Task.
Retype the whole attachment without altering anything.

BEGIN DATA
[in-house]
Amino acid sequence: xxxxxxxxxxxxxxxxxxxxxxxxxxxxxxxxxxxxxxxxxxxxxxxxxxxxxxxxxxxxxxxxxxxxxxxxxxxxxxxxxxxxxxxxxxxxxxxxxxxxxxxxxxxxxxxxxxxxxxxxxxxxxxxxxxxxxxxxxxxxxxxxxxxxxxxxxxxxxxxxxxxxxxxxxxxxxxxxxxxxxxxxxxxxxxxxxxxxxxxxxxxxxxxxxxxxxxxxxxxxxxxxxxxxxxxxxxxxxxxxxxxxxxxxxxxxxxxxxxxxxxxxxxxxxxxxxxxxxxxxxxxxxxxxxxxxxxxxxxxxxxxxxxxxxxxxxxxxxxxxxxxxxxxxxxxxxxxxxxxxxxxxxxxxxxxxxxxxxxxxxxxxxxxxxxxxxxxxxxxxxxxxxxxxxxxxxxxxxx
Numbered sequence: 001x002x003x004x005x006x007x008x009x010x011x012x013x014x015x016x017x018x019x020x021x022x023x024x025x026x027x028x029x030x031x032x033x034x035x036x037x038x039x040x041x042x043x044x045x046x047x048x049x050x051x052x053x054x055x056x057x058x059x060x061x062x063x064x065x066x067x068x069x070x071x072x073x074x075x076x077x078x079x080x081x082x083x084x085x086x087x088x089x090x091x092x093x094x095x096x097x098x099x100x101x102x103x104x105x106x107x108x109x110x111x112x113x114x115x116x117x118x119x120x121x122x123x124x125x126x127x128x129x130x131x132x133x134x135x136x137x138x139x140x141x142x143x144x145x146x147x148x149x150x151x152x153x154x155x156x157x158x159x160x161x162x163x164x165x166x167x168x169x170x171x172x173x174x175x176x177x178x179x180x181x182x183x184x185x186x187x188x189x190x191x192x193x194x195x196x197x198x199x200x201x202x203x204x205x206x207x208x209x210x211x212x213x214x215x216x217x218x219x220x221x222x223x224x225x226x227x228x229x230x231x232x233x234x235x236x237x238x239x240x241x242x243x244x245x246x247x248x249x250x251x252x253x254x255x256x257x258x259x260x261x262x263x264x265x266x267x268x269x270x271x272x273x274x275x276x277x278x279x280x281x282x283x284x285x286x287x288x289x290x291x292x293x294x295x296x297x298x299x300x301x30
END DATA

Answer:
[in-house]
Amino acid sequence: xxxxxxxxxxxxxxxxxxxxxxxxxxxxxxxxxxxxxxxxxxxxxxxxxxxxxxxxxxxxxxxxxxxxxxxxxxxxxxxxxxxxxxxxxxxxxxxxxxxxxxxxxxxxxxxxxxxxxxxxxxxxxxxxxxxxxxxxxxxxxxxxxxxxxxxxxxxxxxxxxxxxxxxxxxxxxxxxxxxxxxxxxxxxxxxxxxxxxxxxxxxxxxxxxxxxxxxxxxxxxxxxxxxxxxxxxxxxxxxxxxxxxxxxxxxxxxxxxxxxxxxxxxxxxxxxxxxxxxxxxxxxxxxxxxxxxxxxxxxxxxxxxxxxxxxxxxxxxxxxxxxxxxxxxxxxxxxxxxxxxxxxxxxxxxxxxxxxxxxxxxxxxxxxxxxxxxxxxxxxxxxxxxxxxxxxxxxxxx
Numbered sequence: 001x002x003x004x005x006x007x008x009x010x011x012x013x014x015x016x017x018x019x020x021x022x023x024x025x026x027x028x029x030x031x032x033x034x035x036x037x038x039x040x041x042x043x044x045x046x047x048x049x050x051x052x053x054x055x056x057x058x059x060x061x062x063x064x065x066x067x068x069x070x071x072x073x074x075x076x077x078x079x080x081x082x083x084x085x086x087x088x089x090x091x092x093x094x095x096x097x098x099x100x101x102x103x104x105x106x107x108x109x110x111x112x113x114x115x116x117x118x119x120x121x122x123x124x125x126x127x128x129x130x131x132x133x134x135x136x137x138x139x140x141x142x143x144x145x146x147x148x149x150x151x152x153x154x155x156x157x158x159x160x161x162x163x164x165x166x167x168x169x170x171x172x173x174x175x176x177x178x179x180x181x182x183x184x185x186x187x188x189x190x191x192x193x194x195x196x197x198x199x200x201x202x203x204x205x206x207x208x209x210x211x212x213x214x215x216x217x218x219x220x221x222x223x224x225x226x227x228x229x230x231x232x233x234x235x236x237x238x239x240x241x242x243x244x245x246x247x248x249x250x251x252x253x254x255x256x257x258x259x260x261x262x263x264x265x266x267x268x269x270x271x272x273x274x275x276x277x278x279x280x281x282x283x284x285x286x287x288x289x290x291x292x293x294x295x296x297x298x299x300x301x30